The fact that fuel prices were raised at the end of March 2000 leads inflation measured early this year to record a one-off acceleration, probably above 4%, since the comparison will be made with the first months of 2000, i.e. prior to fuel price rises. As mentioned in the text on the economic policy situation, the average inflation projected for this year is likely to range between 2.9% and 3.3%, albeit recording an intra-annual pattern of strong deceleration throughout the year. It is thus estimated that at end-2001 inflation is likely to stand slightly below 2.5%. The risk associated with the much higher inflation recorded at the beginning of the year results from the fact that it is usually in this period that the major wage negotiations occur, and these can be erroneously influenced by the most recent levels of recorded inflation.

In fact, and more importantly, the increase in average wages in Portugal cannot continue to ignore developments in the remaining euro area countries. This is another operating rule of a monetary union which we cannot ignore: with no national currency of its own and thus without the possibility of making devaluations, wage increases above the growth rates recorded in the rest of the monetary union in the long run will chiefly affect competitiveness and unemployment. This means that the decisions which influence costs and prices should take as a reference the average values of the euro area, so that there is, inter alia, an increase in unit labour costs (ULC) which does not steadily differ from that in the rest of the euro area. It should be noted that this variable is already taking into consideration the development of relative productivity. Indeed, a usual indicator of competitiveness vis-à-vis our trading partners is an index which results from the correction of the nominal exchange rate with the ratio of developments in ULC in Portugal and in its trading partners. The change in ULC is given by the difference between the growth rate of nominal wages and the growth rate of productivity measured in real terms. On the other hand, as regards the other euro area countries, the «exchange rate» now equals 1 (we share the same currency) and its change equals zero. Thus, in order for the real exchange rate to be kept unchanged (measured by relative ULC), it is necessary that the difference in the growth of nominal wages between Portugal and the euro area equals the difference in the growth of real productivity. Only in this way can ULC grow equally and competitiveness be maintained (see annex 1). However, this has not been the case in the past few years.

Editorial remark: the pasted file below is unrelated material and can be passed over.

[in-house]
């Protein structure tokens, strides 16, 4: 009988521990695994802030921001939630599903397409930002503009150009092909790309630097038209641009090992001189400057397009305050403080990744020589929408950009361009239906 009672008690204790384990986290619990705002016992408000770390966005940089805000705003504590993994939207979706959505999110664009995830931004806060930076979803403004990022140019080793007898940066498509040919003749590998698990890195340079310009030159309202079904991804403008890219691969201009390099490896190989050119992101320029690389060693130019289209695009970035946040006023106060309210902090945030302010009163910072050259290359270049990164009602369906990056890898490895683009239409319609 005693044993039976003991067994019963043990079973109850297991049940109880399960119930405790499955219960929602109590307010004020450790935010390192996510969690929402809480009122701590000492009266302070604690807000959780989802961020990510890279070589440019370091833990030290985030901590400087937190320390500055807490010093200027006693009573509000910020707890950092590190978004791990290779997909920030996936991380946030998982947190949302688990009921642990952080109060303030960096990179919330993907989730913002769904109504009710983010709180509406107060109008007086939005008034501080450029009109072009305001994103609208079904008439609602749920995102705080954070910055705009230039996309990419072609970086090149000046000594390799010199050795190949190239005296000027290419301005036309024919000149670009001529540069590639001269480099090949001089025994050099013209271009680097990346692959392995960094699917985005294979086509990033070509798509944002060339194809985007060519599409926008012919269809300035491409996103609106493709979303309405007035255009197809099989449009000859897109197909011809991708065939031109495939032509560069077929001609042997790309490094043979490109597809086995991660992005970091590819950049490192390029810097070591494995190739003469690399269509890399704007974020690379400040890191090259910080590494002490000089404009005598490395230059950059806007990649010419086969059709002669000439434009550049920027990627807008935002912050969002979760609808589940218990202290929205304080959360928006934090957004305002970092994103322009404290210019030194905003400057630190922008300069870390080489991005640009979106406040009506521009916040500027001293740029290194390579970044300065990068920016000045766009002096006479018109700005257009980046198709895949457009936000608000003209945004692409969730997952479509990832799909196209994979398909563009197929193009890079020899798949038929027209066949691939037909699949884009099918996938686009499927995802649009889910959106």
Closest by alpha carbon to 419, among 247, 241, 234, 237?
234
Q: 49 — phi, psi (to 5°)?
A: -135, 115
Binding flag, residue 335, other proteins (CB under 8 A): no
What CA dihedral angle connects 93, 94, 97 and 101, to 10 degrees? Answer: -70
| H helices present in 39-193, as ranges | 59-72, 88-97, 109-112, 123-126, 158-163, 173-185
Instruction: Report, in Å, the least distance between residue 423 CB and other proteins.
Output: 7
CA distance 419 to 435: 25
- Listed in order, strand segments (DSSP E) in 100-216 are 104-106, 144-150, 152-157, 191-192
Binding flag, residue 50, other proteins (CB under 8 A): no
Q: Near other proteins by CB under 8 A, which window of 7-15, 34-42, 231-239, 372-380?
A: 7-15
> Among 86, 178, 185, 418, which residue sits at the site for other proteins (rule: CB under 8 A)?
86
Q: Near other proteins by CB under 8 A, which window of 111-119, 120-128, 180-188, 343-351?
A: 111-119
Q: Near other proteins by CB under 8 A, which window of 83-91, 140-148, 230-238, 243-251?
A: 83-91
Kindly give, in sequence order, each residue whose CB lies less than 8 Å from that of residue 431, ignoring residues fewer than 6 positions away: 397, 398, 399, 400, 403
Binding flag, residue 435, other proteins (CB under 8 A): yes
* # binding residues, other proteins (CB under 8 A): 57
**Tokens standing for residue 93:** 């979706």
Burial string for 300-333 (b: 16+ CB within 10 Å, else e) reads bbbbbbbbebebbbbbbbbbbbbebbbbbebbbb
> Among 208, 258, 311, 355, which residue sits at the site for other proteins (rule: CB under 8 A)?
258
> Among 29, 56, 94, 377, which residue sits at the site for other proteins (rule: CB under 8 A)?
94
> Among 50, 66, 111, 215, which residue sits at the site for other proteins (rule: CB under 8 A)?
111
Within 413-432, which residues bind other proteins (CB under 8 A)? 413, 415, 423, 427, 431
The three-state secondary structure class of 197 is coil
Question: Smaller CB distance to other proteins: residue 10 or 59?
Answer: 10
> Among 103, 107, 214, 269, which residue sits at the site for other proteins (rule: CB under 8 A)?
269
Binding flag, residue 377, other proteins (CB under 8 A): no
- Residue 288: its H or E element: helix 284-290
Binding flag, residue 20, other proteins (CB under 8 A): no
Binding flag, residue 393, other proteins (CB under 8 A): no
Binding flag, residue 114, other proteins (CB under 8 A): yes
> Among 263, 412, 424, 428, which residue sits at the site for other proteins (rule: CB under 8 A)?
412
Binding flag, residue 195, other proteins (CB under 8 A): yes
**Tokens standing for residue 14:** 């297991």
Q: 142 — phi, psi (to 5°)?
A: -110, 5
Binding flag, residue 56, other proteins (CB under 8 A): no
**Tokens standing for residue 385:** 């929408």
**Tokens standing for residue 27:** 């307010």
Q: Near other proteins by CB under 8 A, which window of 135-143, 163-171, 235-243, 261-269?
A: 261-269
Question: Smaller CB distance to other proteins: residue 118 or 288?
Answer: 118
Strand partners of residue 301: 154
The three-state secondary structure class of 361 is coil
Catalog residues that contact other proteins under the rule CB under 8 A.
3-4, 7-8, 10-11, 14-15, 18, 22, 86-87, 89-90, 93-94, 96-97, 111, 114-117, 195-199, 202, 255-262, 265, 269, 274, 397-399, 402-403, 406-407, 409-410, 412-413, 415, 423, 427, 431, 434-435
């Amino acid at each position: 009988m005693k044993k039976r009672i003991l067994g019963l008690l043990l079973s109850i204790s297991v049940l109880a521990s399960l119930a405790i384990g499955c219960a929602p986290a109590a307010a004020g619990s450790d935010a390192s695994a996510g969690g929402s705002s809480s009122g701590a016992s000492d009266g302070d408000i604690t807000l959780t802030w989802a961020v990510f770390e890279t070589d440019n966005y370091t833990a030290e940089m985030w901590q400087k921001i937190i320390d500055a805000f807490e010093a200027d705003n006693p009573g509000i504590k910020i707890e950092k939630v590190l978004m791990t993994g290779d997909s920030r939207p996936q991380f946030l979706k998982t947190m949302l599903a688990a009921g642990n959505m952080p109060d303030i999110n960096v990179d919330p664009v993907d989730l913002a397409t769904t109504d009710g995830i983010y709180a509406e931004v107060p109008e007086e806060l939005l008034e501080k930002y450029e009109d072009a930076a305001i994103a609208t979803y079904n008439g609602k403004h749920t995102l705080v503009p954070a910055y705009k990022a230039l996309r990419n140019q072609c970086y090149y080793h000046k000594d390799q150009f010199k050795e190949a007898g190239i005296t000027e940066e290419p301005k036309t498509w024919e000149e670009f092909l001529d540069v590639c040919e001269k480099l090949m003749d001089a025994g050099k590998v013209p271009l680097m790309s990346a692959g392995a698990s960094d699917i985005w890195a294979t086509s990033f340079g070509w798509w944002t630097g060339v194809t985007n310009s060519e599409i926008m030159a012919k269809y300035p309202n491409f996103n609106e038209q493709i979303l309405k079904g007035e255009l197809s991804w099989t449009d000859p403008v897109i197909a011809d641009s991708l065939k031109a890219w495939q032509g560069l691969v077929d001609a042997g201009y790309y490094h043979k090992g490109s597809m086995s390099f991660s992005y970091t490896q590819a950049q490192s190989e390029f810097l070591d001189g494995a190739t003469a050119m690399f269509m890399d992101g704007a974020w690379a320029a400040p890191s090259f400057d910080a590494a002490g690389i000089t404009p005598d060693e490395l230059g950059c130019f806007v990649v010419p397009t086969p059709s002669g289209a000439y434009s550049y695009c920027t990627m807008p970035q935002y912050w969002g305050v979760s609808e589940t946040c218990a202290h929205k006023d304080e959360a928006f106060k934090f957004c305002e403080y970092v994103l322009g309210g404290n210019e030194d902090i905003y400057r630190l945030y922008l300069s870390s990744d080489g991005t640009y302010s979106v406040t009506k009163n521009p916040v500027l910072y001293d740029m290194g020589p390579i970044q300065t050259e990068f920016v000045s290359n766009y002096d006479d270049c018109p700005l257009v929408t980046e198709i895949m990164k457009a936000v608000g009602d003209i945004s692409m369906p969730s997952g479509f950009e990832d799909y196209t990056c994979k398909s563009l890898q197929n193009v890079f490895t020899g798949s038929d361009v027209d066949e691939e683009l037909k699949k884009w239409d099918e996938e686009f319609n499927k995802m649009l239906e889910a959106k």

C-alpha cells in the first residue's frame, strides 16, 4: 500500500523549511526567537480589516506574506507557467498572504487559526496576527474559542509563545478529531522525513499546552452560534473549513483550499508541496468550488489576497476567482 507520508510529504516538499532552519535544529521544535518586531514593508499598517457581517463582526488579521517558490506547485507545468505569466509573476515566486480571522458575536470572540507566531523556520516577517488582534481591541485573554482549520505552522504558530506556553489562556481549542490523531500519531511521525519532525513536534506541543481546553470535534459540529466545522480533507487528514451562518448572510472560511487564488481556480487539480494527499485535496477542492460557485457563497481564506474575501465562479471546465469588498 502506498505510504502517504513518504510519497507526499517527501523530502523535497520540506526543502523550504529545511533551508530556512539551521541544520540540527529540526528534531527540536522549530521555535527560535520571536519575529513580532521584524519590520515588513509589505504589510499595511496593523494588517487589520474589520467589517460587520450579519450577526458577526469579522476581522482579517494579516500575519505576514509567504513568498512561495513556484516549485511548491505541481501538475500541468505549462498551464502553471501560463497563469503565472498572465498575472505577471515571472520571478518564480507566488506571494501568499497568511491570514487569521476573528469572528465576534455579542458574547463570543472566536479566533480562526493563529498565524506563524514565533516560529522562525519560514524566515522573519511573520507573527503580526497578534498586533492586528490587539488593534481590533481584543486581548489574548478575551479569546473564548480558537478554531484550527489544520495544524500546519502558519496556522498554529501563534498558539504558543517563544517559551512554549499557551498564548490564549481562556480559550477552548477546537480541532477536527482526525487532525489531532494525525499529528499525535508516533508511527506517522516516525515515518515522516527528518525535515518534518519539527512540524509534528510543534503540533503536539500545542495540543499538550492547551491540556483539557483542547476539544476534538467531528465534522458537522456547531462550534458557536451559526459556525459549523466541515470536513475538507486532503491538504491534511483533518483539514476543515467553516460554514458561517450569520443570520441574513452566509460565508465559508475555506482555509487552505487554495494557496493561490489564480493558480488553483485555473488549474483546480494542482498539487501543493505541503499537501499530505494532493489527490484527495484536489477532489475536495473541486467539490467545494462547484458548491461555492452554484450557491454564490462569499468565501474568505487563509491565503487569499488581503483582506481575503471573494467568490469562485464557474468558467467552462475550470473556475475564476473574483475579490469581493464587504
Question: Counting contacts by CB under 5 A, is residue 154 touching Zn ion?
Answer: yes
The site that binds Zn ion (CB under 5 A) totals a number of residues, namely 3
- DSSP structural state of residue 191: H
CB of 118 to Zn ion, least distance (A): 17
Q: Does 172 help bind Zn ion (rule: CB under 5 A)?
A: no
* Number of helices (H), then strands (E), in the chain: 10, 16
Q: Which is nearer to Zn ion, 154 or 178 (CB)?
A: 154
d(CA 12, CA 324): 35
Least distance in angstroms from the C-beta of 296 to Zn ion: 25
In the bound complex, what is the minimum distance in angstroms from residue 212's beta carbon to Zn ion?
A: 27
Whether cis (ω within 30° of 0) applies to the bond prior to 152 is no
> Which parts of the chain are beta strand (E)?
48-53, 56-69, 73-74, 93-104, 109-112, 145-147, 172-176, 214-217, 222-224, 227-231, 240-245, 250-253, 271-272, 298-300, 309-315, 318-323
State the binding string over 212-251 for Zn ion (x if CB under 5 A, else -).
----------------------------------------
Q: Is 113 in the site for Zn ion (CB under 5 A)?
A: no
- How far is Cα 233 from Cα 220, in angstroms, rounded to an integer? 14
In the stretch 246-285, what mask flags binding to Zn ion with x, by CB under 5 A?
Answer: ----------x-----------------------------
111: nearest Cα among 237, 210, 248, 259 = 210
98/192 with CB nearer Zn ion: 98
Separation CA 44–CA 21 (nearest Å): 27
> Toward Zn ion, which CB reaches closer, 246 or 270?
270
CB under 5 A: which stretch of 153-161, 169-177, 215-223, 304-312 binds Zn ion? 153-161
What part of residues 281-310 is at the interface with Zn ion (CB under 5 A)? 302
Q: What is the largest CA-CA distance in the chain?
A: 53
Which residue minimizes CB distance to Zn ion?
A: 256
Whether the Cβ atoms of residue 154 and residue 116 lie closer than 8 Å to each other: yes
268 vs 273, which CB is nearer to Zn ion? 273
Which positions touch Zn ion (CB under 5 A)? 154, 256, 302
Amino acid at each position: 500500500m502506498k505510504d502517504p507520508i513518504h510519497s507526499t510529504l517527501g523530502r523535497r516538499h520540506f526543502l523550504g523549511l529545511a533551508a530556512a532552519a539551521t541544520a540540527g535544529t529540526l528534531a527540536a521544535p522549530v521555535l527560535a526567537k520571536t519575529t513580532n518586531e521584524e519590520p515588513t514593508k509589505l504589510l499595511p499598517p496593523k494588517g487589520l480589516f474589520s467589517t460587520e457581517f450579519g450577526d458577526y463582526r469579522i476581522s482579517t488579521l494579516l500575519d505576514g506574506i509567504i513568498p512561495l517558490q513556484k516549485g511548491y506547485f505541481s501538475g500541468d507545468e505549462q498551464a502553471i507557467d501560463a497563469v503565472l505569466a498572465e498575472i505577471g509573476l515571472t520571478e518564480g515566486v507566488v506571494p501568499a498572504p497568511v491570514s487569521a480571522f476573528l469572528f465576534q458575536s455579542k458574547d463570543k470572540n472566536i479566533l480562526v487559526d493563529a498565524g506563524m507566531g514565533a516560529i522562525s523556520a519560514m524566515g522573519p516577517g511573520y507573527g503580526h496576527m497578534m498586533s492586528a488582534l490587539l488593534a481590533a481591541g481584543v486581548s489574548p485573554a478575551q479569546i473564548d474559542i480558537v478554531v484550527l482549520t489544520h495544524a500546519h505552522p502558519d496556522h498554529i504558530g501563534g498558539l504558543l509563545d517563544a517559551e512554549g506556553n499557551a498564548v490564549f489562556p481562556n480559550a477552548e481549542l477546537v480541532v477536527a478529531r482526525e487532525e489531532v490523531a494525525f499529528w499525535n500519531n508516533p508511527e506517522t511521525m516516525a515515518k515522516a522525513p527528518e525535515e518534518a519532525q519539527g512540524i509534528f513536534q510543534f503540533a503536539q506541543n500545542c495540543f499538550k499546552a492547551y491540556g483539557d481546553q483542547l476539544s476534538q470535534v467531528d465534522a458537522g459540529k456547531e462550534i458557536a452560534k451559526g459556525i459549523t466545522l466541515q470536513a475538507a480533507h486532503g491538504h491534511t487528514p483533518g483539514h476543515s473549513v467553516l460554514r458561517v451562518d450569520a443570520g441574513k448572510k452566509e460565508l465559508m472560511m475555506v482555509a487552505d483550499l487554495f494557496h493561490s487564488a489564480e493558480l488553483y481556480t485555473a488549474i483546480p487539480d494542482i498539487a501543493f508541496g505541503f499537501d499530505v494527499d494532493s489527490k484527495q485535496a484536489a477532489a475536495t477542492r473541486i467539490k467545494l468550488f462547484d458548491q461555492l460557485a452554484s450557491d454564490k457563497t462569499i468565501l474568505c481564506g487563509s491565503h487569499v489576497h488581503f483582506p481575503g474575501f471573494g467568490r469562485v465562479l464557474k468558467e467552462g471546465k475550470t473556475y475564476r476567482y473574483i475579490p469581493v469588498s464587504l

Table I - ULC growth

Portugal4,2 %4,0 %3,9 %
Euro area0,3 %1,1%0,8 %
Spain2,3 %2,3%2,4 %